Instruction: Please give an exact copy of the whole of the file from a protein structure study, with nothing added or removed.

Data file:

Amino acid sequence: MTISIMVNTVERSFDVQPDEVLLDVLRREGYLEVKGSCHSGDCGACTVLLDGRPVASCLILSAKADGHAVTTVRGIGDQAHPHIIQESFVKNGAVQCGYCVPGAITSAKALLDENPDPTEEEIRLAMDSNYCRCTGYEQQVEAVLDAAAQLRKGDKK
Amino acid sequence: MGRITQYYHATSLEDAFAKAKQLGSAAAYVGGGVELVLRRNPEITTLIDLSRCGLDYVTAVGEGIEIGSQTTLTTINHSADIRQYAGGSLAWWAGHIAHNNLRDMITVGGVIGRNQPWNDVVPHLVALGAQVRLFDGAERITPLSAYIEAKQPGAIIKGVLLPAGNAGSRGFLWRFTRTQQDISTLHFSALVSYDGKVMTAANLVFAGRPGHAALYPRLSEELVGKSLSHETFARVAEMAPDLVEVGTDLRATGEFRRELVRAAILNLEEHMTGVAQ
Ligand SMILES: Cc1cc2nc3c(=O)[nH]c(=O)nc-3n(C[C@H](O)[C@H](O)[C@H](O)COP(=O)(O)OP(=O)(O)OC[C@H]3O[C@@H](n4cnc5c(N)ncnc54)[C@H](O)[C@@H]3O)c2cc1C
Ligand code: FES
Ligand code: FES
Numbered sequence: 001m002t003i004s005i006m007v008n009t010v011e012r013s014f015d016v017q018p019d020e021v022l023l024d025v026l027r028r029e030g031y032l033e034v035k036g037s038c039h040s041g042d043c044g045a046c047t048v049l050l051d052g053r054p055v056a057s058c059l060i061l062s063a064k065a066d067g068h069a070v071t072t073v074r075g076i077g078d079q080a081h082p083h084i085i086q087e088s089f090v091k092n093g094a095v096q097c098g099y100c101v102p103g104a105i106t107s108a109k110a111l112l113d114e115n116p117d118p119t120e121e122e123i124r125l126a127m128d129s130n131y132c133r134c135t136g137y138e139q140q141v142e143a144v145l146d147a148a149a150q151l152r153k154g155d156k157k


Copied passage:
Amino acid sequence: MTISIMVNTVERSFDVQPDEVLLDVLRREGYLEVKGSCHSGDCGACTVLLDGRPVASCLILSAKADGHAVTTVRGIGDQAHPHIIQESFVKNGAVQCGYCVPGAITSAKALLDENPDPTEEEIRLAMDSNYCRCTGYEQQVEAVLDAAAQLRKGDKK
Amino acid sequence: MGRITQYYHATSLEDAFAKAKQLGSAAAYVGGGVELVLRRNPEITTLIDLSRCGLDYVTAVGEGIEIGSQTTLTTINHSADIRQYAGGSLAWWAGHIAHNNLRDMITVGGVIGRNQPWNDVVPHLVALGAQVRLFDGAERITPLSAYIEAKQPGAIIKGVLLPAGNAGSRGFLWRFTRTQQDISTLHFSALVSYDGKVMTAANLVFAGRPGHAALYPRLSEELVGKSLSHETFARVAEMAPDLVEVGTDLRATGEFRRELVRAAILNLEEHMTGVAQ
Ligand SMILES: Cc1cc2nc3c(=O)[nH]c(=O)nc-3n(C[C@H](O)[C@H](O)[C@H](O)COP(=O)(O)OP(=O)(O)OC[C@H]3O[C@@H](n4cnc5c(N)ncnc54)[C@H](O)[C@@H]3O)c2cc1C
Ligand code: FES
Ligand code: FES
Numbered sequence: 001m002t003i004s005i006m007v008n009t010v011e012r013s014f015d016v017q018p019d020e021v022l023l024d025v026l027r028r029e030g031y032l033e034v035k036g037s038c039h040s041g042d043c044g045a046c047t048v049l050l051d052g053r054p055v056a057s058c059l060i061l062s063a064k065a066d067g068h069a070v071t072t073v074r075g076i077g078d079q080a081h082p083h084i085i086q087e088s089f090v091k092n093g094a095v096q097c098g099y100c101v102p103g104a105i106t107s108a109k110a111l112l113d114e115n116p117d118p119t120e121e122e123i124r125l126a127m128d129s130n131y132c133r134c135t136g137y138e139q140q141v142e143a144v145l146d147a148a149a150q151l152r153k154g155d156k157k